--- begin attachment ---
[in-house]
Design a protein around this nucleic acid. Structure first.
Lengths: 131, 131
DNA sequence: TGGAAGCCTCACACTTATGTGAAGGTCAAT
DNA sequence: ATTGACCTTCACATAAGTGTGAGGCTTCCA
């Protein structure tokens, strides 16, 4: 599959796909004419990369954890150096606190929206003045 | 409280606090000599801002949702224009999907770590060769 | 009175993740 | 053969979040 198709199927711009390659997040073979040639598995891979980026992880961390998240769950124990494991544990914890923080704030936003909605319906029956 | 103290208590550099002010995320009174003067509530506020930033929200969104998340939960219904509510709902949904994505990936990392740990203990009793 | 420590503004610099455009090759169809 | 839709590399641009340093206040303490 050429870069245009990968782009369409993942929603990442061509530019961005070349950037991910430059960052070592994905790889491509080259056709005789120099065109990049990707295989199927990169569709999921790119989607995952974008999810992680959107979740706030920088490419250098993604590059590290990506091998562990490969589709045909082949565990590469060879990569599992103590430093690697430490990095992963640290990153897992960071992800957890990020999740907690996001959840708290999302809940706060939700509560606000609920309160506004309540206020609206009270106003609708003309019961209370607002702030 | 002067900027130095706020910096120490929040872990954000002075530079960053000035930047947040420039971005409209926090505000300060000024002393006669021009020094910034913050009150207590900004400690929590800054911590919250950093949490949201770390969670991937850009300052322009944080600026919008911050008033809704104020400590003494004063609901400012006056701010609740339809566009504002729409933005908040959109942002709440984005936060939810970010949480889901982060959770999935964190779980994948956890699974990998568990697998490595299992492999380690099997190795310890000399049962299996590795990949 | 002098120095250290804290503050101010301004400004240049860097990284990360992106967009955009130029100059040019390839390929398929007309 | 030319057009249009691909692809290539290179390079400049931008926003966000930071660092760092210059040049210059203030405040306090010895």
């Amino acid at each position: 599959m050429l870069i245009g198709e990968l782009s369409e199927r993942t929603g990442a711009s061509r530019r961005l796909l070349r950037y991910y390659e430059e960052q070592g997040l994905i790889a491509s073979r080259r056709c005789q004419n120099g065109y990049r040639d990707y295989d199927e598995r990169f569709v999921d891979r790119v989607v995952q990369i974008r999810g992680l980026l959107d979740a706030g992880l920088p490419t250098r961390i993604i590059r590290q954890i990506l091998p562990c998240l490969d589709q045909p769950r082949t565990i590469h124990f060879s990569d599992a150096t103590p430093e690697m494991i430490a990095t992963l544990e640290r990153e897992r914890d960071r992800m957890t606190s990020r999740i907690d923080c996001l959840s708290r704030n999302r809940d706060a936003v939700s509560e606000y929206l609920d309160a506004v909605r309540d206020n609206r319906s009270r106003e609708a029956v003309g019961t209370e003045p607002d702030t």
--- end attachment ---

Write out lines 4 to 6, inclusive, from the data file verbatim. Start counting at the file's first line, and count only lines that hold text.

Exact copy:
DNA sequence: TGGAAGCCTCACACTTATGTGAAGGTCAAT
DNA sequence: ATTGACCTTCACATAAGTGTGAGGCTTCCA
């Protein structure tokens, strides 16, 4: 599959796909004419990369954890150096606190929206003045 | 409280606090000599801002949702224009999907770590060769 | 009175993740 | 053969979040 198709199927711009390659997040073979040639598995891979980026992880961390998240769950124990494991544990914890923080704030936003909605319906029956 | 103290208590550099002010995320009174003067509530506020930033929200969104998340939960219904509510709902949904994505990936990392740990203990009793 | 420590503004610099455009090759169809 | 839709590399641009340093206040303490 050429870069245009990968782009369409993942929603990442061509530019961005070349950037991910430059960052070592994905790889491509080259056709005789120099065109990049990707295989199927990169569709999921790119989607995952974008999810992680959107979740706030920088490419250098993604590059590290990506091998562990490969589709045909082949565990590469060879990569599992103590430093690697430490990095992963640290990153897992960071992800957890990020999740907690996001959840708290999302809940706060939700509560606000609920309160506004309540206020609206009270106003609708003309019961209370607002702030 | 002067900027130095706020910096120490929040872990954000002075530079960053000035930047947040420039971005409209926090505000300060000024002393006669021009020094910034913050009150207590900004400690929590800054911590919250950093949490949201770390969670991937850009300052322009944080600026919008911050008033809704104020400590003494004063609901400012006056701010609740339809566009504002729409933005908040959109942002709440984005936060939810970010949480889901982060959770999935964190779980994948956890699974990998568990697998490595299992492999380690099997190795310890000399049962299996590795990949 | 002098120095250290804290503050101010301004400004240049860097990284990360992106967009955009130029100059040019390839390929398929007309 | 030319057009249009691909692809290539290179390079400049931008926003966000930071660092760092210059040049210059203030405040306090010895």